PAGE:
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Wheelabrator celebrates 40 years

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By John Barnhart

    “This is our 40th anniversary family day,” Wheelabrator plant manager John Moore told a gathering of employees Friday.

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    “We poured our first heat in April, 1974,” he added.
    April, however, does not have the best weather for outdoor activities, so plant officials opted to have their family day in June.
    “We picked a day we thought would have pretty weather in the summer,” Moore said.
    The plant in Bedford makes cast steel abrasives that are used for blast cleaning. Moore said their major customers are in the automotive and aerospace industries. John Deere is also a major customer. The Wheelabrator process is an airless blast cleaning method that uses a rotating wheel to throw the steel shot or grit. The steel shot and grit can be reused multiple times.
    According to a Bedford Bulletin-Democrat article from Aug. 2, 1973, the Bedford plant was Wheelabrator’s first plant to be built outside of Indiana. The company wanted a plant to service its customers on the eastern seaboard and one of the factors that led the company to locate the plant here was local interest. The article notes that the Bedford Area Chamber of Commerce, then called the Bedford County Chamber of Commerce, played a major role in attracting the plant here. At the time, the site where the plant is located was a cornfield.
    Stella English, the plant’s office manager, is the plant’s oldest employee. Actually, she worked there before the plant even opened. She was hired in 1972 before the company even broke ground. She initially worked out of  a construction trailer and one of her first tasks was to buy a space heater so she wouldn’t freeze in the unheated trailer. Along with no heat, the trailer had no water or toilet. English brought in water to make coffee. A toilet break meant a trip to the old Auto-Dine, across U.S. 460. English’s job was to hand out applications for prospective employees.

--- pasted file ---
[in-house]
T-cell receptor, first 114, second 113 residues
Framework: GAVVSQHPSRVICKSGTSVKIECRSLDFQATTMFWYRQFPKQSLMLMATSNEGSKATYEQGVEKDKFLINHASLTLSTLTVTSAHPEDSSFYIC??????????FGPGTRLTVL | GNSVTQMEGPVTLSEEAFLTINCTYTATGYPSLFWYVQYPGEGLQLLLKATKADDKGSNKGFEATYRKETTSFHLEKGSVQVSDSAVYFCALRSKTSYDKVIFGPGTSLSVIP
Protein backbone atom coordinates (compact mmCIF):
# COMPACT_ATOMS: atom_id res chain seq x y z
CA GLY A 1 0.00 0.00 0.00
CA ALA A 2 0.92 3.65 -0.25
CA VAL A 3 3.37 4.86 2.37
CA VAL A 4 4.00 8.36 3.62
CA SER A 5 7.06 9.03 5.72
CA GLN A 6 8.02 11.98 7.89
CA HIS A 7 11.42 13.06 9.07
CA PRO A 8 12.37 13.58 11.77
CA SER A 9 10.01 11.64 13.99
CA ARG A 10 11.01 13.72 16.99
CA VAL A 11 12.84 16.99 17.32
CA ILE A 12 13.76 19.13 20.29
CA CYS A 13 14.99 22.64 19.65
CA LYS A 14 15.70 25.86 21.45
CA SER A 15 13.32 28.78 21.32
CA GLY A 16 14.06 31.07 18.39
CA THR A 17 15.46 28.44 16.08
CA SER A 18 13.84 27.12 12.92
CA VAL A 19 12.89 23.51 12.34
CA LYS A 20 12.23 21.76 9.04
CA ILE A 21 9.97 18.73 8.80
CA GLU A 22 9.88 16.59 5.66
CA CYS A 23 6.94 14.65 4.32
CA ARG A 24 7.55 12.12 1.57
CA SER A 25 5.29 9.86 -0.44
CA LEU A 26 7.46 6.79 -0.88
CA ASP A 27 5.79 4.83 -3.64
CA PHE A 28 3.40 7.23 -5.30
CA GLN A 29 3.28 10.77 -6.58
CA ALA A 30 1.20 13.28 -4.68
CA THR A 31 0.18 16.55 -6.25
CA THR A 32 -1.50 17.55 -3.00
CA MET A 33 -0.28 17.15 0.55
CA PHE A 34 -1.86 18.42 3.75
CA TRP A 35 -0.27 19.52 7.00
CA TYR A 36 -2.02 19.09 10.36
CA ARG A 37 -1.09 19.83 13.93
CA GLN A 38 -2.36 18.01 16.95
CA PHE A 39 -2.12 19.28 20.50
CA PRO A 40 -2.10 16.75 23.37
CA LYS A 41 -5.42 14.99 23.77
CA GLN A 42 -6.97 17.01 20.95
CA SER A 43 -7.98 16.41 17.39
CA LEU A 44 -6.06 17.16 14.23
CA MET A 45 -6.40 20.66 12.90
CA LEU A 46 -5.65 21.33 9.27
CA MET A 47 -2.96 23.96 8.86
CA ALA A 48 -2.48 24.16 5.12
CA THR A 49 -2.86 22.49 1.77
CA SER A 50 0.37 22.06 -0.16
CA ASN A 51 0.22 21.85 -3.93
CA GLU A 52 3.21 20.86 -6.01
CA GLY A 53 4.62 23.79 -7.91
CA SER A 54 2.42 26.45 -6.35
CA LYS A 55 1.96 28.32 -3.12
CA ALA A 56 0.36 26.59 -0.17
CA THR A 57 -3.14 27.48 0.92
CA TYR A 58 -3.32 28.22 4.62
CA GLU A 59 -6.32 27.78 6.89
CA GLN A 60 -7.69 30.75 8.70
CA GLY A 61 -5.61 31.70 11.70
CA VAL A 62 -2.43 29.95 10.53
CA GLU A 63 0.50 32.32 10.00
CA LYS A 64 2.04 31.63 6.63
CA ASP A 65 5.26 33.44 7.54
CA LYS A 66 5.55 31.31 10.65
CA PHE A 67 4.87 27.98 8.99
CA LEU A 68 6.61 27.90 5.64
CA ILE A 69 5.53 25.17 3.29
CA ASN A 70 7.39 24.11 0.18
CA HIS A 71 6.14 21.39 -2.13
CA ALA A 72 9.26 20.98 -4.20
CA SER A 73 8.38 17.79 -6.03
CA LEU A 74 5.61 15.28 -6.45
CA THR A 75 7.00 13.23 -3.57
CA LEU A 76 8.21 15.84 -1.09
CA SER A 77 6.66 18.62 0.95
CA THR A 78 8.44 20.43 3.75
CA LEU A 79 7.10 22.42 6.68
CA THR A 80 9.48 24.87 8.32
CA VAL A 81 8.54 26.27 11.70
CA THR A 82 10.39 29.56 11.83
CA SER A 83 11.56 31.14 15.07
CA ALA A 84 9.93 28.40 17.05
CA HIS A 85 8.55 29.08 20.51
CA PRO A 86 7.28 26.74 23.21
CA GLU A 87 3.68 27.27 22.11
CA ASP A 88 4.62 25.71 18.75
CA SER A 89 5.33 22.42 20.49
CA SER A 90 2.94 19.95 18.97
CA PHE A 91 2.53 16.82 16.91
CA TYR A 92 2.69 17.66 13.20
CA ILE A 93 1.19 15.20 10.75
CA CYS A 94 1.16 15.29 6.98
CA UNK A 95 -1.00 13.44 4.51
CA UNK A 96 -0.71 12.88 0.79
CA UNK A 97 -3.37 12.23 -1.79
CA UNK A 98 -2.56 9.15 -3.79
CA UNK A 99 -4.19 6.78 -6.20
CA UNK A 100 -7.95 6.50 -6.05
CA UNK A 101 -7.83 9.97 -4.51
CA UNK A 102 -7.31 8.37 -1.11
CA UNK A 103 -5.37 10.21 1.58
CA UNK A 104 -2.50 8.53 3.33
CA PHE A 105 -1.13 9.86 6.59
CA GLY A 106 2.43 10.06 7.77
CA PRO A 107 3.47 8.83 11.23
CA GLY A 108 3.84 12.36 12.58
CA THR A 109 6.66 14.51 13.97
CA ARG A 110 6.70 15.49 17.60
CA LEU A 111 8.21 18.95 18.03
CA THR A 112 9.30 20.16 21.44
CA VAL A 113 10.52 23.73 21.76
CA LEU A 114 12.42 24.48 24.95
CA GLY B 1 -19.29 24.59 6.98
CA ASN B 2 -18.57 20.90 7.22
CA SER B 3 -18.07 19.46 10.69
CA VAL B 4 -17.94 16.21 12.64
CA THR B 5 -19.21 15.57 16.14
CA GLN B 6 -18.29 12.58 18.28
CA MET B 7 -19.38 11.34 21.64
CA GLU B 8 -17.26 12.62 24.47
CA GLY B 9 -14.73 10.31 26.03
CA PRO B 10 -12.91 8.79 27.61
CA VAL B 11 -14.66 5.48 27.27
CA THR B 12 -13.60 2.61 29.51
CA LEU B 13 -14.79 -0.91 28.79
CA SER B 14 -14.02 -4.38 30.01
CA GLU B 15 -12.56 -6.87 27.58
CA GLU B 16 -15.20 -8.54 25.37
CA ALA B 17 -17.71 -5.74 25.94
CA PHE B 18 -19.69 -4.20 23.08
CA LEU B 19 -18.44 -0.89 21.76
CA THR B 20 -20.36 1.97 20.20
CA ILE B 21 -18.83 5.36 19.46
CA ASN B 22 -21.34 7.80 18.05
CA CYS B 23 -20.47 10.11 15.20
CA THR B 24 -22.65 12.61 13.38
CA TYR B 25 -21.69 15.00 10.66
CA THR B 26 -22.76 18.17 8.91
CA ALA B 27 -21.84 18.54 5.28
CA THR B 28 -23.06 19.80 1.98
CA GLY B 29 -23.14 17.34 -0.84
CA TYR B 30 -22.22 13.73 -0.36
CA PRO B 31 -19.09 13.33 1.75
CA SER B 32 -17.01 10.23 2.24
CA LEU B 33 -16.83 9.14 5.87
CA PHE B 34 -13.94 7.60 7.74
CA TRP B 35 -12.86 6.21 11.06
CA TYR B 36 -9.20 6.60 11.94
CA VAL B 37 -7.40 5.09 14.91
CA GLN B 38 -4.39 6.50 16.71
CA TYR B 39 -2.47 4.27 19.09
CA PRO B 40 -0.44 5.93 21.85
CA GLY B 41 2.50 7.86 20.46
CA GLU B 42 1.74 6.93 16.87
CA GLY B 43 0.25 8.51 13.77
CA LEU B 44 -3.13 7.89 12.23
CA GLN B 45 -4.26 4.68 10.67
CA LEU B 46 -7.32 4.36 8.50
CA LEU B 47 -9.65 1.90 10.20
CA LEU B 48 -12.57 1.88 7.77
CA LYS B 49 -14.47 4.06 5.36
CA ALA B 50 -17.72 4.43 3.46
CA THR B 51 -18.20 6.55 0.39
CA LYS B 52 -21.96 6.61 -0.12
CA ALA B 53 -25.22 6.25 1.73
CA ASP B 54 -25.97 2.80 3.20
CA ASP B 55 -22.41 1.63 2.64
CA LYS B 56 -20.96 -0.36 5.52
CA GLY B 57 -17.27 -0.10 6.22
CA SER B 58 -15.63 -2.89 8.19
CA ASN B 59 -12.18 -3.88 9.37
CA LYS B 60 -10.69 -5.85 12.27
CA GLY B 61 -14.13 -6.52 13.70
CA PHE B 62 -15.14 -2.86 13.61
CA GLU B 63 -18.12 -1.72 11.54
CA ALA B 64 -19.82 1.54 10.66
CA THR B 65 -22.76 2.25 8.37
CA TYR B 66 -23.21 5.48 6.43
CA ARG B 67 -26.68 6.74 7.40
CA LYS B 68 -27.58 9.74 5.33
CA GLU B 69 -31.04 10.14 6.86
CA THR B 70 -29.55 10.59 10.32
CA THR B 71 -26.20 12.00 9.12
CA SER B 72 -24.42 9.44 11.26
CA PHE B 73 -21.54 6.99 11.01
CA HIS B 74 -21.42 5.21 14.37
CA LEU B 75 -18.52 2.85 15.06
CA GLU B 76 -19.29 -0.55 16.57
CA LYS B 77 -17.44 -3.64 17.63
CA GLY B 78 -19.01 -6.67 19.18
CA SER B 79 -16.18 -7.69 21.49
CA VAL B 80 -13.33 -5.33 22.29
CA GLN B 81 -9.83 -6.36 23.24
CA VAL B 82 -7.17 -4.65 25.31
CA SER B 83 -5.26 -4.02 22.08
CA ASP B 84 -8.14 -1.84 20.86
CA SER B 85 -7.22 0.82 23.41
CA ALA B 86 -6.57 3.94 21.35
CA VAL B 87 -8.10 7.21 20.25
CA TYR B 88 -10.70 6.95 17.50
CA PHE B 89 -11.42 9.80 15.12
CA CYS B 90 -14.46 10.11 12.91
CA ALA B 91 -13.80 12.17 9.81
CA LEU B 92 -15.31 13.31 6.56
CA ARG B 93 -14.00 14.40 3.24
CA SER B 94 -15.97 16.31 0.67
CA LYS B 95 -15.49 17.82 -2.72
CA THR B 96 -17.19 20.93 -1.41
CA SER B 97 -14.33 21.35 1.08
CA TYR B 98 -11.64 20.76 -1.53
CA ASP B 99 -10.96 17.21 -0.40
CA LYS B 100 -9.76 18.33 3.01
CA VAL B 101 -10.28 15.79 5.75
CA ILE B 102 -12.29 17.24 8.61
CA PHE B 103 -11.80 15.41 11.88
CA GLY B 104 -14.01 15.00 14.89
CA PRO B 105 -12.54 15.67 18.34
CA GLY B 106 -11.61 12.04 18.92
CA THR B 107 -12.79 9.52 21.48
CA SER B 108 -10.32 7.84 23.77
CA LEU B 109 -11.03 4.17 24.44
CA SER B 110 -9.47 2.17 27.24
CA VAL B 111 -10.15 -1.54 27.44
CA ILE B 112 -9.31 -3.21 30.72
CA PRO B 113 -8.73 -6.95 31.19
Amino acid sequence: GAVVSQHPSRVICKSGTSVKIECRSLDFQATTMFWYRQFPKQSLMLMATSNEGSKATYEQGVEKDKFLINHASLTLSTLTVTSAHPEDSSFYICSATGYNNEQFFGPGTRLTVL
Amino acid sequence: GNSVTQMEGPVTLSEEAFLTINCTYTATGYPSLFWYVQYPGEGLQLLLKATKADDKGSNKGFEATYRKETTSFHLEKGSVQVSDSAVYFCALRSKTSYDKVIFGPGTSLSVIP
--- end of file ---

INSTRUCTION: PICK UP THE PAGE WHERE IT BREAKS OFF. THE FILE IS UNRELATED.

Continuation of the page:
Wheelabrator was bought by a French company and became Wheelabrator Allevard. It’s now part of the Winoa Group, purchased by KKR, an investment group, in January.
    Greg Wood, the plant’s production manager, mentioned some of the changes that have come about in 40 years. He said that back in 1974, the average salary was $12,000 per year, the average rent for a house was $200, “and President Nixon said, ‘I am not a crook.’”
    He said that, since that time, there have been six recessions and eight presidents.
    Another change is with the plant’s output. It was originally designed to produce 15,000 tons of abrasives per year.
    “We are doing 44,000 tons per year out of the same plant,” Wood said.
    This has been accomplished with only minor upgrades in the equipment.
    Wood said the company currently has 42 employees and employee turnover is low. Once people get jobs there, they tend to stay.